August 19, 2013


I don't like wearing hats in either the literal or figurative sense.

My hair looks stupid in the former scenario and I find that the rest of me looks stupid in the latter.

Still, labels are things, like them or not, and I am, I suppose, the guy who runs, if not outright, by my own admission, "a runner". I prefer to think of myself as someone with more than a passing interest in commas; and also, an abnormal degree of affection for semicolons. But there is not so large a social presence for those sorts, so runner is what I am, I guess, since the barista hat is collecting dust in the corner of my room.

But being that I run a lot and talk about running and write about it here and even, sometimes, wear t-shirts that promote races I have completed, people cannot be blamed for assuming that I am indeed a runner. This is not so bad, since "runner" is a thing we have decided to value, more than other things one could be; and given my appearance, there are precious few others that come to mind: anorexic; drug addict; or perhaps even a cyclist - although my leg hair to tights ratio is way off for that designation.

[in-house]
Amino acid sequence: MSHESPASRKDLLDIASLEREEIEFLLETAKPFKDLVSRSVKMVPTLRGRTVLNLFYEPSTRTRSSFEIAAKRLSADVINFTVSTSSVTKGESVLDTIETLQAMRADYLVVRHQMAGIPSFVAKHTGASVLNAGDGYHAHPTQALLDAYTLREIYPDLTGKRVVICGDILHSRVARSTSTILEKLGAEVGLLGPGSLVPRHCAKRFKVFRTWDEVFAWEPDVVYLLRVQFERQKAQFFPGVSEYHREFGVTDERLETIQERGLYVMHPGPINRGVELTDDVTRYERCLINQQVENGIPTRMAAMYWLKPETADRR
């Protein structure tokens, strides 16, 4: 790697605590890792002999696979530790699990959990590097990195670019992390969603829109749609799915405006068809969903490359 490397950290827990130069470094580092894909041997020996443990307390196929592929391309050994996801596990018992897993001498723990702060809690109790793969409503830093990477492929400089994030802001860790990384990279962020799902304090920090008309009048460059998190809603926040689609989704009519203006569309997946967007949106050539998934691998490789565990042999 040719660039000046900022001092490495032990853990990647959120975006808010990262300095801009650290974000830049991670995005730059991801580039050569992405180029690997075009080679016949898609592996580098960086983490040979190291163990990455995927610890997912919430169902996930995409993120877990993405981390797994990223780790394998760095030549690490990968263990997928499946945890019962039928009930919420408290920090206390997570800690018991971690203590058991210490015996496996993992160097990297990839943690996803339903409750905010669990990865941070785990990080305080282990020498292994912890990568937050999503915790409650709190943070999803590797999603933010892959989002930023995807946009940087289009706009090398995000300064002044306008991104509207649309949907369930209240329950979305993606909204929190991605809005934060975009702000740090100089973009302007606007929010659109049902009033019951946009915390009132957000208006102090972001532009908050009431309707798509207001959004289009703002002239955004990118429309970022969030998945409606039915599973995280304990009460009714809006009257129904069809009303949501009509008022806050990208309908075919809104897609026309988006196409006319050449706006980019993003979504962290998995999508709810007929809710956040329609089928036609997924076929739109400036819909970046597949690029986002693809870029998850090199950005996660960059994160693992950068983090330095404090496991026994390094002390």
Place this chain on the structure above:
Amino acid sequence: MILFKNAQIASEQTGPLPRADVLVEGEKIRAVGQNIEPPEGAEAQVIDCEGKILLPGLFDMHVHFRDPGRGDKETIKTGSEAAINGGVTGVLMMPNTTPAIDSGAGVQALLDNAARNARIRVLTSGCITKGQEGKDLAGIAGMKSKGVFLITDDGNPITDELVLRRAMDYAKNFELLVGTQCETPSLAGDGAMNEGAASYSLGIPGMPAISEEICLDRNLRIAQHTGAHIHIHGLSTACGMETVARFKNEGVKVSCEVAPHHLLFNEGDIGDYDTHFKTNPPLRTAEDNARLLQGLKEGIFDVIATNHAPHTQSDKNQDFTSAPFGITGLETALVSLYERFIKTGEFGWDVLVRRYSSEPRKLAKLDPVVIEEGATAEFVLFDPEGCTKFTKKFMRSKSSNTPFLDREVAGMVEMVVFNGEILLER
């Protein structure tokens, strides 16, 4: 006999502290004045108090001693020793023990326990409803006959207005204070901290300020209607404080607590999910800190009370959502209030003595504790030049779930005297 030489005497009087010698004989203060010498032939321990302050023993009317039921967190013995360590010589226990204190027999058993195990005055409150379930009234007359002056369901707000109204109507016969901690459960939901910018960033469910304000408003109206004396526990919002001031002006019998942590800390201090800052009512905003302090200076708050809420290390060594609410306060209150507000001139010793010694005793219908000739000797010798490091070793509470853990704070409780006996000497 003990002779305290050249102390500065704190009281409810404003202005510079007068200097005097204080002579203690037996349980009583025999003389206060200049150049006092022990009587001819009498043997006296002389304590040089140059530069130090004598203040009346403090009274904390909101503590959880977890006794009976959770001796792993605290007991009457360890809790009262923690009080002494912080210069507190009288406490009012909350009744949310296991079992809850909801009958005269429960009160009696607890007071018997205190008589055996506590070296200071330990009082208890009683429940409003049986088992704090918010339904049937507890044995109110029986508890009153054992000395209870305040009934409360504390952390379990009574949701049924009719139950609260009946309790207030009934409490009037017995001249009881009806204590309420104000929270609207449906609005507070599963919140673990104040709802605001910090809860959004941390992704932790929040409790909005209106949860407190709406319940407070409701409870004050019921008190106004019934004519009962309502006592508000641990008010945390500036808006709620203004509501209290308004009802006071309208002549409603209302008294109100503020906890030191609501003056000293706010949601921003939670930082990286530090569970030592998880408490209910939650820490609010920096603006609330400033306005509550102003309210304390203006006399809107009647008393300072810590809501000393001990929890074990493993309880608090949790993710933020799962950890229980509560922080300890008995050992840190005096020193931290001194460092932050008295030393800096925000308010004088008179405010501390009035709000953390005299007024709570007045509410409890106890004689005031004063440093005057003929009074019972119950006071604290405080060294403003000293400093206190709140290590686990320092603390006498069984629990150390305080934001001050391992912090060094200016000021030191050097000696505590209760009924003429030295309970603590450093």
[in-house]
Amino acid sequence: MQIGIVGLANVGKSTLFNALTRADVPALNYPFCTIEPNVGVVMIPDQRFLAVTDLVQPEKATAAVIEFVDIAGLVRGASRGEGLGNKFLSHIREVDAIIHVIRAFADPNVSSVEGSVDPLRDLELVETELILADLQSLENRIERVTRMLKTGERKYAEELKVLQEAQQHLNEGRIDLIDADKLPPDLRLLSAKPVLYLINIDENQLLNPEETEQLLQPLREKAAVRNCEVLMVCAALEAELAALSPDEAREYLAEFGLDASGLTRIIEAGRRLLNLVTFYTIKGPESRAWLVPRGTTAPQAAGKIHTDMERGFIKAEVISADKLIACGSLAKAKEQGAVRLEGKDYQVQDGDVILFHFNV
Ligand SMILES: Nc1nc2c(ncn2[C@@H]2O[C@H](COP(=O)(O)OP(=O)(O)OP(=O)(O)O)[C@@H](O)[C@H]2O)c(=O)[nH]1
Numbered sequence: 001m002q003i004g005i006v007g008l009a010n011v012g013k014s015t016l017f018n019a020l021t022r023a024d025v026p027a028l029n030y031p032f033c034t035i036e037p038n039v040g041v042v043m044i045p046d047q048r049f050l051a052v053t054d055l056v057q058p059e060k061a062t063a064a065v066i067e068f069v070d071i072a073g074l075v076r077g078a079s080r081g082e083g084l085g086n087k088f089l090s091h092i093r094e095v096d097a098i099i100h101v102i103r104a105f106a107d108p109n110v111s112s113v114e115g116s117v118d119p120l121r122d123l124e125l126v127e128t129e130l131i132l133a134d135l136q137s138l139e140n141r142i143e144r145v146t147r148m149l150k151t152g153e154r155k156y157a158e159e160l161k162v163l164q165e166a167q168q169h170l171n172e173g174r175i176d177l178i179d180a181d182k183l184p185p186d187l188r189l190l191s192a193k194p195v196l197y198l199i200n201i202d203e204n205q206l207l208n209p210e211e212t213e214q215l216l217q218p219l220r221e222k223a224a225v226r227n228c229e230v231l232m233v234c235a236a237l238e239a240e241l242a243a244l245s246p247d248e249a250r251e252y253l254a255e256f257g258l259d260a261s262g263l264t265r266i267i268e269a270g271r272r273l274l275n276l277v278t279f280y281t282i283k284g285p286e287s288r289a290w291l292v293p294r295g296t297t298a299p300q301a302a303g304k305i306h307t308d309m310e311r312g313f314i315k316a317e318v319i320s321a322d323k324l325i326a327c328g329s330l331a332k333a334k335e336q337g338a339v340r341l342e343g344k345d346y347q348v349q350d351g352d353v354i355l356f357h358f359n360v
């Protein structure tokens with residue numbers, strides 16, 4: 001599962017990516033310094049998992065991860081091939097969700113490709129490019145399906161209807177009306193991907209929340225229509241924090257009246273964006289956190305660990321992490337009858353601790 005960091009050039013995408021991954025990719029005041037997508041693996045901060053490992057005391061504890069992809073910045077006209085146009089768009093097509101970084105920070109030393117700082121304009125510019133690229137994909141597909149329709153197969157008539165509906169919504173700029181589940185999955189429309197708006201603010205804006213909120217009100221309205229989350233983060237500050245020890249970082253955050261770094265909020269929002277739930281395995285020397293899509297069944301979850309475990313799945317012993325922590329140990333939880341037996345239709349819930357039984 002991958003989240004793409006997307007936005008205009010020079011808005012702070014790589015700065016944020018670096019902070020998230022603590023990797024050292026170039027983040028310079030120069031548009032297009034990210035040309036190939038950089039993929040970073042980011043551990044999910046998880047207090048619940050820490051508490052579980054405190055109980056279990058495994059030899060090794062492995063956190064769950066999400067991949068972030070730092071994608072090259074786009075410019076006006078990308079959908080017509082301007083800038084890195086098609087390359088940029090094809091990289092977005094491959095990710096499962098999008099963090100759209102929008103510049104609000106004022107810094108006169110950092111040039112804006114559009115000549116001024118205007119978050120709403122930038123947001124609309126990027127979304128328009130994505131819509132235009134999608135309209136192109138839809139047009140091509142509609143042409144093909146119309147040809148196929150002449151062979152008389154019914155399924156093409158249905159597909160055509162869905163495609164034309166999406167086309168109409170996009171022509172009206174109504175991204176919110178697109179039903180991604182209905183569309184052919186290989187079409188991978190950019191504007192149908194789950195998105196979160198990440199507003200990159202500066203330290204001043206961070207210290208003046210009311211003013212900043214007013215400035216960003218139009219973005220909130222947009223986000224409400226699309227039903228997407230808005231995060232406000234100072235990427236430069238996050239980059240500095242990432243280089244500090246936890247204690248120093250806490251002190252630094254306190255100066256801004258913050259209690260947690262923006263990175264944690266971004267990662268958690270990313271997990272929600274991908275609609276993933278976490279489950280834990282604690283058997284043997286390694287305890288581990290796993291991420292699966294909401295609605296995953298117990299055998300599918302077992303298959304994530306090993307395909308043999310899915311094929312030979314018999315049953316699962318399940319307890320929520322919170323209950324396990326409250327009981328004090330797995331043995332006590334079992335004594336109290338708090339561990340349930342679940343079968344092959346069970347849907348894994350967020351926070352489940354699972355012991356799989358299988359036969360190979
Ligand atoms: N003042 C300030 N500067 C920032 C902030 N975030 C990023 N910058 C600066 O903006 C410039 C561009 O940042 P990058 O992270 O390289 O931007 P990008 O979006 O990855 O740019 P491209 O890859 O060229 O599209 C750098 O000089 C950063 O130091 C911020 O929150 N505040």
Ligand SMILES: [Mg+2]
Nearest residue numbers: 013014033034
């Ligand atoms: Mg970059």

Really, though, I think of myself as an endorphin chaser, an exercise dork with an overactive dopamine system that feasts on the metabolites of sustained effort. It is running because running is relatively inexpensive and the ideal of "natural movement", fantasy though it largely is, appeals to me on a very basic level. In short, fancy bikes are expensive and the seats hurt my ass and I prefer to stand. And I basically hate swimming, even if my physical dimensions probably are better suited to it than running.

So it's running, except when it's not, because I stepped on a fucking rock after 5 miles, and I kind of have to try to run fast tomorrow, so I stopped after that, then whisked myself to the gym, and spun two hours away on an elliptical, smiling for all of the boredom a normal and sane person would experience.

But normal and sane are not labels that have ever been bestowed upon me.

This was a "rest day" (7 planned miles) but rest is not so much a priority when you're only creating the person you want to be tomorrow and more importantly the person you are in that moment because really, have you ever lived a moment in tomorrow?

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